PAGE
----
I am analyzing data from a field experiment, and I am interested in the effects of fauna and altitude (fixed). Altitude has two levels, and at each site I have 5 blocks for the three levels of fauna (the blocks were set up to account for the heterogeneity in the soil). I guess that the model treating block as random, in lme4, would be:

lmer(response ~ altitude  + fauna + (1|block))

However, I replicated this study in 5 mountains. So can I treat mountain as another random factor and then:

lmer(response ~ altitude  + fauna + (1|block) + (1|mountain))

Or should I nest my blocks within mountains?

lmer(response ~ altitude  + fauna + (1|mountain:block))

I see people using nested designs when they have pseudoreplicates, but that is not my really my case as all my replicates are independent.

Here's how my data looks like:

mountain   altitude   treatment block response  
m1         high       t1        b1    124.77  
m1         high       t2        b1    55.77  
m1         high       t3        b1    88.99  
m1         high       t1        b2    88.99  
m1         high       t2        b2    88.99  
m1         high       t3        b2    88.99  
m1         low        t1        b6    124.77  
m1         low        t2        b6    55.77  
m1         low        t3        b6    78.99  
m1         low        t1        b7    89.99  
m1         low        t2        b7    33.99  
m1         low        t3        b7    22.87  

2 Answers 2


Since the blocks are explicitly nested, the random parts are (1|block) and (1|mountain).

altitude is a fixed term. If you want a single estimate for each level of altitude (except, of course, for the reference level), then just include altitude a single term as you did in your second suggestion above. However, you can let the effect of altitude vary between mountains, ie. a random slope model.

lmer(response ~ fauna + (1|block) + (altitude|mountain))

(You do not mention treatment, but it is part of your dataset so perhaps it should be in the model too?)

I think that a loglikelihood ratio test can be used to determine if the random slope model performs significantly better than the simpler model.


fm1 <- lmer(response ~ altitude + fauna + (1|block) + (1|mountain))
fm2 <- lmer(response ~ fauna + (1|block) + (altitude|mountain))
anova(fm1, fm2)
  • 1
    $\begingroup$ +1, but: while the likelihood ratio test can be used to test among models with different random effects, it is generally conservative (in the simplest case, p-values are twice as large as they should be -- see Pinheiro and Bates 2000, or discussion at glmm.wikidot.com/faq ...) $\endgroup$
    – Ben Bolker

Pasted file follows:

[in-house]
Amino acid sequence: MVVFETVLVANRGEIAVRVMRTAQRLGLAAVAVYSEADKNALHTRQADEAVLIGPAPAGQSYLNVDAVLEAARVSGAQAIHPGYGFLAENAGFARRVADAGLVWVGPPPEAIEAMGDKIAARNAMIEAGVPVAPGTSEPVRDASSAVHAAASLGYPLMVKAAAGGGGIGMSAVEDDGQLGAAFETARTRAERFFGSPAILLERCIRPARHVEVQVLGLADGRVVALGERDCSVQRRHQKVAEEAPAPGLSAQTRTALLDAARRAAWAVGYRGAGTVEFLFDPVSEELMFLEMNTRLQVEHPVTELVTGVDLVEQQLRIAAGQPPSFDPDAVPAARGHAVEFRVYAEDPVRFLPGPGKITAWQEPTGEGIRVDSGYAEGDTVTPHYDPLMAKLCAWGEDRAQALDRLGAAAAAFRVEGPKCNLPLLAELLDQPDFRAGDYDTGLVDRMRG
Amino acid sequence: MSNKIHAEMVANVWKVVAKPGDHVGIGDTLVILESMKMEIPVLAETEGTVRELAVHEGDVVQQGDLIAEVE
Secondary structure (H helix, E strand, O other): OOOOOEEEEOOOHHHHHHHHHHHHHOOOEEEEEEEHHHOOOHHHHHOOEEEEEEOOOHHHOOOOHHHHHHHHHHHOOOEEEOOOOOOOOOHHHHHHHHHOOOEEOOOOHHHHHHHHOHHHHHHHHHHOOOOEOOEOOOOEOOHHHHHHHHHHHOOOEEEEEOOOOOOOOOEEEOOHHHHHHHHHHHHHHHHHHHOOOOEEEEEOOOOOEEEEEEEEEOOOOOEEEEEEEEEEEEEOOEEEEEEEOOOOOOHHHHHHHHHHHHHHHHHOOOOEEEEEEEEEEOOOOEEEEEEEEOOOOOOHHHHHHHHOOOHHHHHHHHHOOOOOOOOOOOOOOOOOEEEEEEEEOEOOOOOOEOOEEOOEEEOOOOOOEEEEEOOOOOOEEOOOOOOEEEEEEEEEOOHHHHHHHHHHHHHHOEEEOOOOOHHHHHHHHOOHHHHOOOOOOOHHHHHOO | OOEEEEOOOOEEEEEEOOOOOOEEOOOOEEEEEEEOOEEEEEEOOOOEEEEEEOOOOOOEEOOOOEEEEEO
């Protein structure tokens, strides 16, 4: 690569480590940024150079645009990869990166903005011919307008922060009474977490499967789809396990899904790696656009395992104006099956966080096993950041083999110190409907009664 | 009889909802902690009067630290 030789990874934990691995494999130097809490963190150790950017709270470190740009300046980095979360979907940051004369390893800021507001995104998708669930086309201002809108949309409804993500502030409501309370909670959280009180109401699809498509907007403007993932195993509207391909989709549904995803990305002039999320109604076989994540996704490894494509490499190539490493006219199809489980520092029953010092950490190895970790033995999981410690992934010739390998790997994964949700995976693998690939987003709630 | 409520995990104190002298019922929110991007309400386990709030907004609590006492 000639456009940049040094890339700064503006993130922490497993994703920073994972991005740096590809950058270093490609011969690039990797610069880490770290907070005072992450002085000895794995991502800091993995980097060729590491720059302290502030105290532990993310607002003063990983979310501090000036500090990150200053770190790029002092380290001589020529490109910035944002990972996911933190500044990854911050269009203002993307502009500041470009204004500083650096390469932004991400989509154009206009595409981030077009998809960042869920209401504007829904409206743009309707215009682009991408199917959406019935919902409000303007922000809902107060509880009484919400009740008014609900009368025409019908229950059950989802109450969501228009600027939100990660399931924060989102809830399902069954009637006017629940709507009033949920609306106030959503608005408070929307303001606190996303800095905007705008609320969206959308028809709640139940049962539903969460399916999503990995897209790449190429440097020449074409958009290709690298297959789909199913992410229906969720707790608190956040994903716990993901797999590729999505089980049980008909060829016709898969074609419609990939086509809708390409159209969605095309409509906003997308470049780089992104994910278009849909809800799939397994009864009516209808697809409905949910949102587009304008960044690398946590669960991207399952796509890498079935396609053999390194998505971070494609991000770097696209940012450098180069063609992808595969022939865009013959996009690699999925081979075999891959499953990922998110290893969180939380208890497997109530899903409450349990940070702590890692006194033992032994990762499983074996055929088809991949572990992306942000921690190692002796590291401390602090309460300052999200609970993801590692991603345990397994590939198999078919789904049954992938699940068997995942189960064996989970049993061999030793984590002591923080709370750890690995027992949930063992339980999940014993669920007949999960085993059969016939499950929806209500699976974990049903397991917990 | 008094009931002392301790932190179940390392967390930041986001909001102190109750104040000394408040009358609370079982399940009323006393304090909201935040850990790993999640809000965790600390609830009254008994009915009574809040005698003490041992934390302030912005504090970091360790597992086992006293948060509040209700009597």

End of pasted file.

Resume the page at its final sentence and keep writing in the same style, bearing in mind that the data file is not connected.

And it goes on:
Dec 5, 2015 at 22:43

Since your blocks are nested within mountains, I would specify the random part of the model as (1|mountain) + (1|mountain:block) or (1|mountain/block), which is the same. That would allow you to quantify the variation a) among mountains and b) blocks within mountains.

EDIT: To address @BenBolker 's comment below: If your block within mountains are explicitly nested, that is, if you uniquely combined mountain with block in a variable say newblock, then (1|mountain) + (1|newblock) is also equivalent. See here for an example.

  • 2
    $\begingroup$ You might also comment that if the blocks are explicitly nested (i.e. uniquely labeled within mountains), then (1|mountain)+(1|block) is also equivalent, e.g. see stats.stackexchange.com/questions/67840/… $\endgroup$
    – Ben Bolker
    Nov 27, 2015 at 15:46
  • $\begingroup$ thanks a lot Stefan and @ben-bolker. Yes, the blocks are explicitly nested. However, I only want to account for a)variation among mountains and b) variation within blocks. Variation among blocks within mountain is in my fixed effect altitude. I'm sorry for not being more clear before. Can I use altitude as a fixed factor and as a nesting factor to nest blocks within? $\endgroup$ Nov 30, 2015 at 9:32
  • $\begingroup$ Hmmm, I am a bit confused now... a) if the blocks are explicitly nested (i.e. uniquely labelled within mountains), then there was no reason to specify (1|mountain:block) in your question, was it? b) When you say variation within blocks do you mean how block (i.e. soil heterogeneity) affects the variation of altitude and fauna within each block? c) How can variation among blocks within mountain be accounted for by your fixed effect altitude? It's probably best now when you provide a reproducible example in your question, see here. $\endgroup$
    – Stefan
    Nov 30, 2015 at 17:41

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